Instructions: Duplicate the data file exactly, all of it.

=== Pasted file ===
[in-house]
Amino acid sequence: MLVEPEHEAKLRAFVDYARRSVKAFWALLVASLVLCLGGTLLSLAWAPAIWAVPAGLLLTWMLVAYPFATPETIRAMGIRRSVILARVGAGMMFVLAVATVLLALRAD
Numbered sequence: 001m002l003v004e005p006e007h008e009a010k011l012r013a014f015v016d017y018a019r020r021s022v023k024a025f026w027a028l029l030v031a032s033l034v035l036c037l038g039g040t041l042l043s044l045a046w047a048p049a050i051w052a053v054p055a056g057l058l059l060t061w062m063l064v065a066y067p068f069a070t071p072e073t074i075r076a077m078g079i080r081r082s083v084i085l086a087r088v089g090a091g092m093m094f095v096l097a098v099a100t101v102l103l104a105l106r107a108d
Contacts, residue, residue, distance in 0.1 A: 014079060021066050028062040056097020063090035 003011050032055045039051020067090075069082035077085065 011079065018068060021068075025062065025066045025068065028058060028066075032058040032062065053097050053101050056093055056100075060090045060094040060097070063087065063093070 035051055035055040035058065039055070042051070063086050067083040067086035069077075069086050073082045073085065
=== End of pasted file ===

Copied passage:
[in-house]
Amino acid sequence: MLVEPEHEAKLRAFVDYARRSVKAFWALLVASLVLCLGGTLLSLAWAPAIWAVPAGLLLTWMLVAYPFATPETIRAMGIRRSVILARVGAGMMFVLAVATVLLALRAD
Numbered sequence: 001m002l003v004e005p006e007h008e009a010k011l012r013a014f015v016d017y018a019r020r021s022v023k024a025f026w027a028l029l030v031a032s033l034v035l036c037l038g039g040t041l042l043s044l045a046w047a048p049a050i051w052a053v054p055a056g057l058l059l060t061w062m063l064v065a066y067p068f069a070t071p072e073t074i075r076a077m078g079i080r081r082s083v084i085l086a087r088v089g090a091g092m093m094f095v096l097a098v099a100t101v102l103l104a105l106r107a108d
Contacts, residue, residue, distance in 0.1 A: 014079060021066050028062040056097020063090035 003011050032055045039051020067090075069082035077085065 011079065018068060021068075025062065025066045025068065028058060028066075032058040032062065053097050053101050056093055056100075060090045060094040060097070063087065063093070 035051055035055040035058065039055070042051070063086050067083040067086035069077075069086050073082045073085065